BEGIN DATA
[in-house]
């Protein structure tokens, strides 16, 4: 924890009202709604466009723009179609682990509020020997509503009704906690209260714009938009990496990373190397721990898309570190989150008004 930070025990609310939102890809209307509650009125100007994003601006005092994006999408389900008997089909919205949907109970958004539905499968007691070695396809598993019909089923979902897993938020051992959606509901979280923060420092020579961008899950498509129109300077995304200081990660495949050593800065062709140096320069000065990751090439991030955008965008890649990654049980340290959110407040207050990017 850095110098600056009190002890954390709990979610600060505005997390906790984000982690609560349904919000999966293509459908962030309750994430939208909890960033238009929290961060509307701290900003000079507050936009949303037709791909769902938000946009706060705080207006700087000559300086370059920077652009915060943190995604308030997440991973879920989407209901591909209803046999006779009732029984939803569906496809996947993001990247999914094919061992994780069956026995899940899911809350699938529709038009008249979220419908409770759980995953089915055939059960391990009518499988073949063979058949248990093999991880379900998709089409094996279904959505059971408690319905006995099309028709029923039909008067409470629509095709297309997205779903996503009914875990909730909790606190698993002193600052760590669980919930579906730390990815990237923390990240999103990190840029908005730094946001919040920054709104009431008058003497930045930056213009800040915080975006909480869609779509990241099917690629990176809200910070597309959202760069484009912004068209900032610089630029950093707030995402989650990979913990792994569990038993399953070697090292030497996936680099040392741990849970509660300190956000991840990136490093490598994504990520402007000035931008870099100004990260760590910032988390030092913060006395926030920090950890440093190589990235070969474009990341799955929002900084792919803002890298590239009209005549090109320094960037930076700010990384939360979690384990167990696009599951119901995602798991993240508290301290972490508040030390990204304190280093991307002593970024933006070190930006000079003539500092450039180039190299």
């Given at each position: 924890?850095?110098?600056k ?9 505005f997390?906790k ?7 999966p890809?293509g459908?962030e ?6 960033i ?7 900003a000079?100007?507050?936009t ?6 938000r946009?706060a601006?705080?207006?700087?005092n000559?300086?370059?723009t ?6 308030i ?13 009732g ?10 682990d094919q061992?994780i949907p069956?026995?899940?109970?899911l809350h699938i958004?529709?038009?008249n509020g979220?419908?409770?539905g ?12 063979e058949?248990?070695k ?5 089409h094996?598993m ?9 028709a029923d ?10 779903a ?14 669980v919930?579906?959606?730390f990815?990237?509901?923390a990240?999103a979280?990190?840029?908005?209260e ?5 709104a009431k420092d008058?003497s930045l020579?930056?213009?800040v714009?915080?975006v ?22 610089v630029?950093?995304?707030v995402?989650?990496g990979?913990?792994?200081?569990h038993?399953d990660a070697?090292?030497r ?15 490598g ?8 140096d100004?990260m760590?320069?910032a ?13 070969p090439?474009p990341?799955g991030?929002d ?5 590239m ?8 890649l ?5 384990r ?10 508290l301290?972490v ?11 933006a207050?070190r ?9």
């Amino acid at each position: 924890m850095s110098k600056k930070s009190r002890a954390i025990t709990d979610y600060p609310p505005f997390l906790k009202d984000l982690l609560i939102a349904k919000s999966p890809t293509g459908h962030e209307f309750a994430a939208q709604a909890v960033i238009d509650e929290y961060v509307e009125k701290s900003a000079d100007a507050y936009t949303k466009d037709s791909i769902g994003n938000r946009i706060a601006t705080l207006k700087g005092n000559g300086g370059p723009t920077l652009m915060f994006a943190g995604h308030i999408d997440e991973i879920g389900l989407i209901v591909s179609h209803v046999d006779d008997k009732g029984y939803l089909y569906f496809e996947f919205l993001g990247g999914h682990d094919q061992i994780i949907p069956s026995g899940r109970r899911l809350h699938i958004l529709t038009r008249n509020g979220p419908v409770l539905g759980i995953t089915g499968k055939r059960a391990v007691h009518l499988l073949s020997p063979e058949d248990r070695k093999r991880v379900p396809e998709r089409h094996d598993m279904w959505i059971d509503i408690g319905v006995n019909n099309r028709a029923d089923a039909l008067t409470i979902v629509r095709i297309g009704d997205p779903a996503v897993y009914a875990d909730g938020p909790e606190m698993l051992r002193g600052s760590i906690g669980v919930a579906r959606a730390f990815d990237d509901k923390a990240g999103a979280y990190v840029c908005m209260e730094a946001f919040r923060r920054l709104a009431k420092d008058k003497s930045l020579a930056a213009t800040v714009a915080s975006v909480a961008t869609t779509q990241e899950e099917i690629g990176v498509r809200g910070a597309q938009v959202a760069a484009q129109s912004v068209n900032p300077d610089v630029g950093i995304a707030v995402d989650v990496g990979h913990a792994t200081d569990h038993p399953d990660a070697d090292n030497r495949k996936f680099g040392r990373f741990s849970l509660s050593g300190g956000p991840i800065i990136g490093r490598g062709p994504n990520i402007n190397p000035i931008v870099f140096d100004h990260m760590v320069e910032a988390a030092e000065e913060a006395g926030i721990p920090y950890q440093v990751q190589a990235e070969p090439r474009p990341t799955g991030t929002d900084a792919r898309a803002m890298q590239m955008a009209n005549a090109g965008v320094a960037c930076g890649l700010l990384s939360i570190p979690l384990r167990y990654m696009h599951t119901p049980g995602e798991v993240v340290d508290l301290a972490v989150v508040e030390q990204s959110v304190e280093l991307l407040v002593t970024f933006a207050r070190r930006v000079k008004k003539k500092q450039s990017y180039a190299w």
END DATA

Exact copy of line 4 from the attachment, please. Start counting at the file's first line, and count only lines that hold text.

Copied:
């Amino acid at each position: 924890m850095s110098k600056k930070s009190r002890a954390i025990t709990d979610y600060p609310p505005f997390l906790k009202d984000l982690l609560i939102a349904k919000s999966p890809t293509g459908h962030e209307f309750a994430a939208q709604a909890v960033i238009d509650e929290y961060v509307e009125k701290s900003a000079d100007a507050y936009t949303k466009d037709s791909i769902g994003n938000r946009i706060a601006t705080l207006k700087g005092n000559g300086g370059p723009t920077l652009m915060f994006a943190g995604h308030i999408d997440e991973i879920g389900l989407i209901v591909s179609h209803v046999d006779d008997k009732g029984y939803l089909y569906f496809e996947f919205l993001g990247g999914h682990d094919q061992i994780i949907p069956s026995g899940r109970r899911l809350h699938i958004l529709t038009r008249n509020g979220p419908v409770l539905g759980i995953t089915g499968k055939r059960a391990v007691h009518l499988l073949s020997p063979e058949d248990r070695k093999r991880v379900p396809e998709r089409h094996d598993m279904w959505i059971d509503i408690g319905v006995n019909n099309r028709a029923d089923a039909l008067t409470i979902v629509r095709i297309g009704d997205p779903a996503v897993y009914a875990d909730g938020p909790e606190m698993l051992r002193g600052s760590i906690g669980v919930a579906r959606a730390f990815d990237d509901k923390a990240g999103a979280y990190v840029c908005m209260e730094a946001f919040r923060r920054l709104a009431k420092d008058k003497s930045l020579a930056a213009t800040v714009a915080s975006v909480a961008t869609t779509q990241e899950e099917i690629g990176v498509r809200g910070a597309q938009v959202a760069a484009q129109s912004v068209n900032p300077d610089v630029g950093i995304a707030v995402d989650v990496g990979h913990a792994t200081d569990h038993p399953d990660a070697d090292n030497r495949k996936f680099g040392r990373f741990s849970l509660s050593g300190g956000p991840i800065i990136g490093r490598g062709p994504n990520i402007n190397p000035i931008v870099f140096d100004h990260m760590v320069e910032a988390a030092e000065e913060a006395g926030i721990p920090y950890q440093v990751q190589a990235e070969p090439r474009p990341t799955g991030t929002d900084a792919r898309a803002m890298q590239m955008a009209n005549a090109g965008v320094a960037c930076g890649l700010l990384s939360i570190p979690l384990r167990y990654m696009h599951t119901p049980g995602e798991v993240v340290d508290l301290a972490v989150v508040e030390q990204s959110v304190e280093l991307l407040v002593t970024f933006a207050r070190r930006v000079k008004k003539k500092q450039s990017y180039a190299w």